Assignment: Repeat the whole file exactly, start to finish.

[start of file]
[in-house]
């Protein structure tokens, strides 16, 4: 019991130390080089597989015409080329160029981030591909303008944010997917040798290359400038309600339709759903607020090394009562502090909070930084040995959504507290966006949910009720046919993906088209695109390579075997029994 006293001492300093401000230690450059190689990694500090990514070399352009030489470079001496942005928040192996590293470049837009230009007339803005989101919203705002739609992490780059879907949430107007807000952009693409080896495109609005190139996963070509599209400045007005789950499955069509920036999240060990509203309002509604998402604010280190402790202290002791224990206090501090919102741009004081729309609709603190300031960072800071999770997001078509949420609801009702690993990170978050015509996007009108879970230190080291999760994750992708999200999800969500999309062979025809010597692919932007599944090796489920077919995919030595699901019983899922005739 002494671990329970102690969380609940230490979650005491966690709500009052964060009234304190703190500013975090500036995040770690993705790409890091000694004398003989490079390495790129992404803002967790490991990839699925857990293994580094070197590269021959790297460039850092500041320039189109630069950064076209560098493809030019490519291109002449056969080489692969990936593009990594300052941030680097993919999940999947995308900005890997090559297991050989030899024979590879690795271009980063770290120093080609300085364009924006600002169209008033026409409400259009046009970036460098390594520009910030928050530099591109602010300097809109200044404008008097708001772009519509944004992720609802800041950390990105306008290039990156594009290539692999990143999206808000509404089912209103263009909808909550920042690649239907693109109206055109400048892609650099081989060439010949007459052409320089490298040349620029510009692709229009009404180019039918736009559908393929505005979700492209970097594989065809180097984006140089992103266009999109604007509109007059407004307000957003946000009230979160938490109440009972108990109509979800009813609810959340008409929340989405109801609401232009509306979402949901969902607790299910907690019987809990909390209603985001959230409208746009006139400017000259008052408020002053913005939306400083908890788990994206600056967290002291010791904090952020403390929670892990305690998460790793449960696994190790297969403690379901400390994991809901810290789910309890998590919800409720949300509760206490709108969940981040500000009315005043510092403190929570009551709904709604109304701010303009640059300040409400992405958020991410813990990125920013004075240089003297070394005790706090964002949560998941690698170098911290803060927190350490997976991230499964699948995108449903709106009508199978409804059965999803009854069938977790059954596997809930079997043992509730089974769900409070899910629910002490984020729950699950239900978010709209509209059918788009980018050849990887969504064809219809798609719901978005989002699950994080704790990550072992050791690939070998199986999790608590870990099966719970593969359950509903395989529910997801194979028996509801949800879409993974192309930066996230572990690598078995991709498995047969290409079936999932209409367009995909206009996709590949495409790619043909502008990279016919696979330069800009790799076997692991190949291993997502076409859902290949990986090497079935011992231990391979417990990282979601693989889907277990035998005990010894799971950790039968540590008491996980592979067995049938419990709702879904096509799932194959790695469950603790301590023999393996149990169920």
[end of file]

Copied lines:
[in-house]
């Protein structure tokens, strides 16, 4: 019991130390080089597989015409080329160029981030591909303008944010997917040798290359400038309600339709759903607020090394009562502090909070930084040995959504507290966006949910009720046919993906088209695109390579075997029994 006293001492300093401000230690450059190689990694500090990514070399352009030489470079001496942005928040192996590293470049837009230009007339803005989101919203705002739609992490780059879907949430107007807000952009693409080896495109609005190139996963070509599209400045007005789950499955069509920036999240060990509203309002509604998402604010280190402790202290002791224990206090501090919102741009004081729309609709603190300031960072800071999770997001078509949420609801009702690993990170978050015509996007009108879970230190080291999760994750992708999200999800969500999309062979025809010597692919932007599944090796489920077919995919030595699901019983899922005739 002494671990329970102690969380609940230490979650005491966690709500009052964060009234304190703190500013975090500036995040770690993705790409890091000694004398003989490079390495790129992404803002967790490991990839699925857990293994580094070197590269021959790297460039850092500041320039189109630069950064076209560098493809030019490519291109002449056969080489692969990936593009990594300052941030680097993919999940999947995308900005890997090559297991050989030899024979590879690795271009980063770290120093080609300085364009924006600002169209008033026409409400259009046009970036460098390594520009910030928050530099591109602010300097809109200044404008008097708001772009519509944004992720609802800041950390990105306008290039990156594009290539692999990143999206808000509404089912209103263009909808909550920042690649239907693109109206055109400048892609650099081989060439010949007459052409320089490298040349620029510009692709229009009404180019039918736009559908393929505005979700492209970097594989065809180097984006140089992103266009999109604007509109007059407004307000957003946000009230979160938490109440009972108990109509979800009813609810959340008409929340989405109801609401232009509306979402949901969902607790299910907690019987809990909390209603985001959230409208746009006139400017000259008052408020002053913005939306400083908890788990994206600056967290002291010791904090952020403390929670892990305690998460790793449960696994190790297969403690379901400390994991809901810290789910309890998590919800409720949300509760206490709108969940981040500000009315005043510092403190929570009551709904709604109304701010303009640059300040409400992405958020991410813990990125920013004075240089003297070394005790706090964002949560998941690698170098911290803060927190350490997976991230499964699948995108449903709106009508199978409804059965999803009854069938977790059954596997809930079997043992509730089974769900409070899910629910002490984020729950699950239900978010709209509209059918788009980018050849990887969504064809219809798609719901978005989002699950994080704790990550072992050791690939070998199986999790608590870990099966719970593969359950509903395989529910997801194979028996509801949800879409993974192309930066996230572990690598078995991709498995047969290409079936999932209409367009995909206009996709590949495409790619043909502008990279016919696979330069800009790799076997692991190949291993997502076409859902290949990986090497079935011992231990391979417990990282979601693989889907277990035998005990010894799971950790039968540590008491996980592979067995049938419990709702879904096509799932194959790695469950603790301590023999393996149990169920």